Nancy G. Brinker: For the Love of a Sister
Ambassador to the world, she carries the banner to eradicate breast cancer on a global scale.
Most of us have seen the waves of pink-clad walkers and pink-lit city structures. We have come to know that October is Breast Cancer Awareness month. Over the years, many organizations have made valiant attempts to bring awareness to the disease. But it took a single promise made to a dying sister that would launch a mission to bring breast cancer awareness into every household and on the world stage.
Woman of Accomplishment
Nancy G. Brinker, former U.S. Ambassador to the Republic of Hungary and U.S. Chief of Protocol is well known as a communications and policy expert. She is a four-time Presidential Appointee, twice with Senate Confirmation. Her distinguished career has led her to audiences with world leaders, corporate executives, academic thought leaders, and experts in medical science and healthcare.
She has many feathers in her cap to be sure. But it is fulfilling her sister’s wish that has created the most enduring legacy, directly impacting the lives of everyday people, policymakers, scientific research, and healthcare systems globally. Brinker is the undisputed leader of the breast cancer movement and founder of the world’s largest breast cancer organization, Susan G. Komen. Named after her sister, it is the world’s largest source of non-profit funds allocated for breast cancer research and community programs for education, screening, and treatment.
Through her efforts, the organization has cultivated a network of over 100,000 volunteers in 124 affiliates worldwide working in communities to bring access to breast health services. “She’s the world’s champion networker. The best I’ve ever seen,” her husband, Norman Brinker, tells Roxanne Roberts of the Washington Post.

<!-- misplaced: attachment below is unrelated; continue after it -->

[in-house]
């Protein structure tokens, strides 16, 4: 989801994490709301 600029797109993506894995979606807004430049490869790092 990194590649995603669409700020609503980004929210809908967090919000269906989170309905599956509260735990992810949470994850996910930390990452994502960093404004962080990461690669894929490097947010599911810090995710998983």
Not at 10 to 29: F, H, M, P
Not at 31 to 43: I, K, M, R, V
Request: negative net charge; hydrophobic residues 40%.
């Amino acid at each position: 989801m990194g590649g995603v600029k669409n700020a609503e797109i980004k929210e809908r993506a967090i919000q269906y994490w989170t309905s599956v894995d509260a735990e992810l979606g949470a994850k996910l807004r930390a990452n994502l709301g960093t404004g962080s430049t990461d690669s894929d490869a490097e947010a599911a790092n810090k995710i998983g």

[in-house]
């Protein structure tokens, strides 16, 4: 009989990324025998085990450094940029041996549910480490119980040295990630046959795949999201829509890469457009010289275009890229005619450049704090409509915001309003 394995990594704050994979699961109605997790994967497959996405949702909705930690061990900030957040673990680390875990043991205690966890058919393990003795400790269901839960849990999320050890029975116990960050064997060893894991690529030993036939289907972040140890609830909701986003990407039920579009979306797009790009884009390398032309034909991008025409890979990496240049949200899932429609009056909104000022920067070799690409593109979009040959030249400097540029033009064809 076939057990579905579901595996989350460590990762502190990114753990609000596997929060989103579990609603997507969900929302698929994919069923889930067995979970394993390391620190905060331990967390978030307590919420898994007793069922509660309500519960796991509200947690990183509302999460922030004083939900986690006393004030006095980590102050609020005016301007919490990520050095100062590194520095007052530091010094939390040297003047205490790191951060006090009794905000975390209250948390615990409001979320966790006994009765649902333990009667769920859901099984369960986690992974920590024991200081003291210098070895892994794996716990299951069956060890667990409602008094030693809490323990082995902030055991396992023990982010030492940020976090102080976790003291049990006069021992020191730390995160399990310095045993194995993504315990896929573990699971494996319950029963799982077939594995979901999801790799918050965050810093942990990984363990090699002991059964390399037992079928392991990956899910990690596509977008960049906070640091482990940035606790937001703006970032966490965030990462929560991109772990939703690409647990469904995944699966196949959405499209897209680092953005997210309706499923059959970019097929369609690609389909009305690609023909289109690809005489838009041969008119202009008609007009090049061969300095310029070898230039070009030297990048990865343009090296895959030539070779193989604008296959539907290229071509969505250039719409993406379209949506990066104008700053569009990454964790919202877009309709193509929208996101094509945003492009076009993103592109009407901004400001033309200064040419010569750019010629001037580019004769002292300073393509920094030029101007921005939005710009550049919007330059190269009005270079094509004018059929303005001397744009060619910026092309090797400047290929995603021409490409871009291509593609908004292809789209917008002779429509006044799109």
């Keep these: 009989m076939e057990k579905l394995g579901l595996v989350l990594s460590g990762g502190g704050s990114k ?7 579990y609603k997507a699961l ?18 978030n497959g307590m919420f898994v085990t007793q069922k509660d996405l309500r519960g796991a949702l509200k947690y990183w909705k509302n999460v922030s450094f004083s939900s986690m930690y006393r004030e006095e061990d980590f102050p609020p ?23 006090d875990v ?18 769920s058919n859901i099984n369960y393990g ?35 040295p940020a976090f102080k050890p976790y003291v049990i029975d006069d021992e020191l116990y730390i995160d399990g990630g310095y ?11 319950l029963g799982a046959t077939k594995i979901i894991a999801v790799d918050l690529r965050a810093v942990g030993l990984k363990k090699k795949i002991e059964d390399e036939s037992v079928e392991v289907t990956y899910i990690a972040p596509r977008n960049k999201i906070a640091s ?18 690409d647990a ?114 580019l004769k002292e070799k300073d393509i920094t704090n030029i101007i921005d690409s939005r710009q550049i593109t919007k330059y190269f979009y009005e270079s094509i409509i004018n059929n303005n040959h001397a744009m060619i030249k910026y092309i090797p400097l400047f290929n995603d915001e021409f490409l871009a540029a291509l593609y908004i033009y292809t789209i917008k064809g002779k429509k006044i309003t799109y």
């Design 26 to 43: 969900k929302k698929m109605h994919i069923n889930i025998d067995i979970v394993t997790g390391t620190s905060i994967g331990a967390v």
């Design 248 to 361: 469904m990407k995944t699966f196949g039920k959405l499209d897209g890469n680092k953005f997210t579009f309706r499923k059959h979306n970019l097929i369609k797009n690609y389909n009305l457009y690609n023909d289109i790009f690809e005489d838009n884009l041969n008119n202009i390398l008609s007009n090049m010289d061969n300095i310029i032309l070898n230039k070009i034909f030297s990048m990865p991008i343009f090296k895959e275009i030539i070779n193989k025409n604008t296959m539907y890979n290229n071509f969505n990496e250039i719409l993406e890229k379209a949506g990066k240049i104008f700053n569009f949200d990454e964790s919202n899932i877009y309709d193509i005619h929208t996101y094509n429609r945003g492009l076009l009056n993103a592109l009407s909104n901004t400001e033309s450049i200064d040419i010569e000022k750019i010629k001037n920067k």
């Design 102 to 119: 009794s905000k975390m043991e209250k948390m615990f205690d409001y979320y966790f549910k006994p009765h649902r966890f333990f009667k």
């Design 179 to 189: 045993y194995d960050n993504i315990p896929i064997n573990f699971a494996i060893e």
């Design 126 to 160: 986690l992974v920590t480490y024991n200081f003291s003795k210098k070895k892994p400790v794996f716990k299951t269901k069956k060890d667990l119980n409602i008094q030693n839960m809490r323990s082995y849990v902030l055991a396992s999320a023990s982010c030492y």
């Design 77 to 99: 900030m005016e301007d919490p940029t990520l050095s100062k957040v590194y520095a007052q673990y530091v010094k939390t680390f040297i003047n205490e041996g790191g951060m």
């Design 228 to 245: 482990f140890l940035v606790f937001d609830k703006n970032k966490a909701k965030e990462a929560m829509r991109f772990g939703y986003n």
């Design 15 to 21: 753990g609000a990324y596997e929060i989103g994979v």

Many families have been touched by breast cancer and could only watch as it ravaged the bodies of loved ones. Most of us know someone who has had the disease. Some survive and move on, others undergo extreme treatment clinging to the hope of surviving, while others accept their fate and endure to the end. The disease often leaves families and survivors crushed in its wake – financially, emotionally, physically.
For Brinker and her sister, they made a pact to change the world. One would die, the other would charge on fighting to save lives, usher in quality care, and send medical science into finding a cure. She was determined that women with breast cancer did not suffer the fears and indignities her sister endured. No longer would the “C” word be hushed and set aside. Instead, through Brinker’s don’t-take-no-for-an-answer yet persuasive approach, breast cancerbecame front and center. The organization has raised over $2.2 billion for research, educational programs, screening and diagnosis, and patient treatment.
Brinker raised awareness using a novel idea known today as cause marketing. Her efforts resulted in a network of millions who carried the message to raise funds and awareness. An accomplished advocate, she applied her skill to advance women’s health resulting in new legislation and government funding for research. Many advances in researching breast cancer can be attributed to the funding from the organization.
“There is hardly an advance in the science of breast cancer over the past 20 years that hasn’t been touched by a Komen grant,” Brinker says in a BusinessWeek interview with Catherine Arnst. “That’s what I’m most proud of.”